When we look at the starry night sky, our eyes and brains play tricks on us. They make us think that if a star is bright, it’s also close by. That’s generally not the case, though. Instead, many of the fainter stars are actually more impressive than some of the brighter ones.

A couple of examples are in Canis Major, the big dog, which is in the south-southeast as night falls at this time of year.

The constellation’s brightest star is Sirius — the brightest star in the night sky. It is a good bit brighter than the Sun. But it looks so bright mainly because it’s quite close.

The dog’s third-brightest star doesn’t look nearly as impressive as Sirius. In reality, though, Wezen is a stellar heavyweight. It looks fainter than Sirius only because it’s almost 200 times farther.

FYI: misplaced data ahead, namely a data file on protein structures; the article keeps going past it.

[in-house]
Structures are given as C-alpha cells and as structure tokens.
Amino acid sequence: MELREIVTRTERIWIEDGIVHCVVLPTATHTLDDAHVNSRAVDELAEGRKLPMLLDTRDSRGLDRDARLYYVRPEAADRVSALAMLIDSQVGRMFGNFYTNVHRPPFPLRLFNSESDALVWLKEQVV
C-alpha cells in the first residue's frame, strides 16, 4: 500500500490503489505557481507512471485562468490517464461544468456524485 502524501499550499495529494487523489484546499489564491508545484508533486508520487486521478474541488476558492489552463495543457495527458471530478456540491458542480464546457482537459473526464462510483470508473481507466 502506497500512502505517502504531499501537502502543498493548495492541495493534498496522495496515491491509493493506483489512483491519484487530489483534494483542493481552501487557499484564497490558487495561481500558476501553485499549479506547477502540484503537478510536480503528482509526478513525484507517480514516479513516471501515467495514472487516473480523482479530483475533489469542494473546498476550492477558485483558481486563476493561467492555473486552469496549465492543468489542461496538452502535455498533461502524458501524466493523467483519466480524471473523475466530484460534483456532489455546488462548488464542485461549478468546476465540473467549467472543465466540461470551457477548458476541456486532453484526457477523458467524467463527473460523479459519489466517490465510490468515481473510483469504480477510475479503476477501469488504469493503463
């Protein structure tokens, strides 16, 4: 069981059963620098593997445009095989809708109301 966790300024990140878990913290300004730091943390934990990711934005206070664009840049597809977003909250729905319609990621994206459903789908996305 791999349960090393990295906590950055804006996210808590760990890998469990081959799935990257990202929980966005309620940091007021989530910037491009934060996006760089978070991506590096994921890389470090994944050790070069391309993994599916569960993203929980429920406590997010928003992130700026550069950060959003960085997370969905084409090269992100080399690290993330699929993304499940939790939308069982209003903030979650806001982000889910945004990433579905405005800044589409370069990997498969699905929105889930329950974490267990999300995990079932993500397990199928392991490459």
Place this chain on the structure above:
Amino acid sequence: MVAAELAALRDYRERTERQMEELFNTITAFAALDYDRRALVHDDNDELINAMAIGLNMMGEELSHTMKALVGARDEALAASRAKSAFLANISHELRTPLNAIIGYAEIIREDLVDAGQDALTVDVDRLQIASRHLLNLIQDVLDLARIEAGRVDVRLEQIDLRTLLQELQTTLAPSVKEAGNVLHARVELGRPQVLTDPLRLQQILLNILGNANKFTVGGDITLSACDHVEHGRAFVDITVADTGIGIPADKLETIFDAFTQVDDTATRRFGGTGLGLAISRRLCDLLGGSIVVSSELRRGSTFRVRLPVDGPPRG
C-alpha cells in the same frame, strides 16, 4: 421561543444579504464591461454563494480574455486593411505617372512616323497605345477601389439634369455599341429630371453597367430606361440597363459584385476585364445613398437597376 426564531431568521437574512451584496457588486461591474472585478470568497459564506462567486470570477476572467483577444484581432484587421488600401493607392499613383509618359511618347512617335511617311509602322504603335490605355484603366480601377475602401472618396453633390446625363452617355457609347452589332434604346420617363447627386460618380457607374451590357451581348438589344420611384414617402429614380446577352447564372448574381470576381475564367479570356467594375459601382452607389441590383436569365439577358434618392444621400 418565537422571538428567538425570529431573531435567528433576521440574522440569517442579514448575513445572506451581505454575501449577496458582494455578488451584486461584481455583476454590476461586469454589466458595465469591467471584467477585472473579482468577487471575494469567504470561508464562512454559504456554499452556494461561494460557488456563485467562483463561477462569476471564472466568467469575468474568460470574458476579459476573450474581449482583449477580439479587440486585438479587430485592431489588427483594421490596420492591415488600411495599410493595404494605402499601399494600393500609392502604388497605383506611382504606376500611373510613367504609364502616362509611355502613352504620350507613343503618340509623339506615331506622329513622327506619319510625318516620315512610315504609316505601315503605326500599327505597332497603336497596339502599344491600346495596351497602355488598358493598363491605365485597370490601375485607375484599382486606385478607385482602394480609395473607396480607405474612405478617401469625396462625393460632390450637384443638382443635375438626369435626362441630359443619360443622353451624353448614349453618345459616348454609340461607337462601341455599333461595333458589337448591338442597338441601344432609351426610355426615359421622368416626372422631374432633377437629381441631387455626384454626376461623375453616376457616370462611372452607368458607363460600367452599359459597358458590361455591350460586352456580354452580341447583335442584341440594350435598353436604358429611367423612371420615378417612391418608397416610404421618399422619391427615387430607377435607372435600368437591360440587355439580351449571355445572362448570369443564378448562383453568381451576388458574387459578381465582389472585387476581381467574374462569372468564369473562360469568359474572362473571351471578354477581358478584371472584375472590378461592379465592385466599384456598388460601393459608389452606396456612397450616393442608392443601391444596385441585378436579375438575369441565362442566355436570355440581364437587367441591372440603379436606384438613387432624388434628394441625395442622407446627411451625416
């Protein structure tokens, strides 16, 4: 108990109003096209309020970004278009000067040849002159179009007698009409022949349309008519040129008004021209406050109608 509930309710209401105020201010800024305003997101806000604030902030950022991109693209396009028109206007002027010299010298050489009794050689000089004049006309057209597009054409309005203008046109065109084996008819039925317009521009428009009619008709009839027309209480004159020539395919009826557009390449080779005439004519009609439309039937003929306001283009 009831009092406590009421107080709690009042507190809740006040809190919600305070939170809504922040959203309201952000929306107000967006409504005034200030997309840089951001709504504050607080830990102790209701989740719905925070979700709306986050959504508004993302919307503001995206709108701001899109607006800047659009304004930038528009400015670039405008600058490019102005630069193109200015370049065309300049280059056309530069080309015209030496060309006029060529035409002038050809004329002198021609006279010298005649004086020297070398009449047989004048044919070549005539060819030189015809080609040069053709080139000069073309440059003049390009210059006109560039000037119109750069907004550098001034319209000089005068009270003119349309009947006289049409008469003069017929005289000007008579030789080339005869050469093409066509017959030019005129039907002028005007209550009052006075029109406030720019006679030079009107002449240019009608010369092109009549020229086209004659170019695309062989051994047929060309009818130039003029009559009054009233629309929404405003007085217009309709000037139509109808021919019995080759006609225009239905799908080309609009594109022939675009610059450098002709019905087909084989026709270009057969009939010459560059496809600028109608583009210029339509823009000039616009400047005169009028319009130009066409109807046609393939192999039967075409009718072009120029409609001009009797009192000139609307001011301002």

Wezen is about 17 times as massive as the Sun, 200 times wider, and 50,000 times brighter. And it’s also much younger: just 10 million years old, compared to four-and-a-half billion years for the Sun.

You might think that the combination of size and youth would mean that Wezen will be around for a long time. But that’s another bit of stellar trickery. Heavier stars burn through their nuclear fuel at a prodigious rate, so they expire quickly. And in fact, Wezen is already starting to undergo some end-of-life changes. Within a few million years, it’ll explode as a supernova — a big sendoff for one of the leading lights of the big dog.

More about Canis Major tomorrow.

Script by Damond Benningfield

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